Rui-En, 17, who has been volunteering for two months, shares a similar sentiment, preferring face-to-face lessons as it would be easier to engage her buddy, David*. Home environments may not always be conducive for learning due to many possible distractions. For instance, on some occasions, David playfully dashed off in the middle of reading to find something interesting to show Rui-En. Learning at home may sometimes also end up being a learning crutch for some children as they can turn to their families when they encounter difficulties.

Rui-En reading “Three Billy Goats Gruff” with David. Once they were done reading, David ran off for a moment, reappearing to show Rui-En his exercise ball. 

Rui-En recalls with amusement, “At the start, for every single question I asked, he would turn to his mum and look at her [for help]. The funny thing was that he was wearing earphones, so his mum could not hear what I asked. She would look back at him, like ‘What?’ and there would be an awkward silence for a few seconds. She would then take the earphones and [help him with answering the questions].” Fortunately, having grown more comfortable with the online lessons, David now responds to most questions independently, seeking his mum’s guidance only on those he does not understand.

In the end, while the online sessions can present some challenges for the LTP volunteers, they are not insurmountable. Problems such as children being unused to the online learning format, or getting distracted by their home environment prove to be temporary as more sessions are taught. “Even though there have been some difficulties, they aren’t much of a problem. They are really just small, minor setbacks,” Rui-En shares.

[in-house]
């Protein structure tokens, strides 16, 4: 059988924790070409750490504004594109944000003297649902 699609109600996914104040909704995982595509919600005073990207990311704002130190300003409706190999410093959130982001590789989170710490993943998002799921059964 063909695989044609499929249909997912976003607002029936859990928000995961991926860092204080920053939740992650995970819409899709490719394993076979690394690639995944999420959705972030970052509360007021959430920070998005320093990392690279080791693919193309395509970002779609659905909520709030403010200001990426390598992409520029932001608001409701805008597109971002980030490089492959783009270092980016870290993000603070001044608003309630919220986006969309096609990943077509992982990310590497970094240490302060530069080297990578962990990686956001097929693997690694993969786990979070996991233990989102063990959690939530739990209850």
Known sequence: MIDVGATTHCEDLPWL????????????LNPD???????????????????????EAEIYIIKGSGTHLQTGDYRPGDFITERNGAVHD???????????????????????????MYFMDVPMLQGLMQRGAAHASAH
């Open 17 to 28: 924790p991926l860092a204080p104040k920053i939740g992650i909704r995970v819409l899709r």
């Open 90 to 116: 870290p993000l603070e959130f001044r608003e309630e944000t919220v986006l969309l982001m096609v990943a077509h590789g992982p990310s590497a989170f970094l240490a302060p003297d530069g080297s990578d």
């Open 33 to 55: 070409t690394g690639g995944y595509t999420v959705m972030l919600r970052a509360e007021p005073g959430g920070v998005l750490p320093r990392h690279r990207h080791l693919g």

Whatever the lesson format, the volunteers all hope to see their buddies come out of the LTP with improved literacy. They hope their buddies will be able to read independently and remember the new words they have learnt.

The children are not the only ones that have grown throughout the LTP. Ching Hwee shares an insightful takeaway: “[I learnt that] my energy levels are very contagious. … As Max was quite shy at the start, I tried to be more energetic in hopes that … he would be able to exude that kind of energy.”

For Ruben, he believes that having the right mind-set matters. Being positive towards the child’s mistakes is part of it. In the first session, he had sensed that John wanted to give up reading, as the book was too difficult. However, Ruben remained patient, reassuring John and even setting a goal with him to master the book by the end of LTP. “The moment you get negative, they can get easily demoralised,” he remarked.

For youths who are keen on being an LTP volunteer but may be worried, do not be! There is a first time for everything after all, so some trial-and-error would be necessary. Rui-En shares some advice: “In any volunteering [activity], the person on the receiving end will feel a difference if you are not passionate.”

“You need to be passionate about what you are doing.”

*Buddies’ names have been changed to protect their privacy.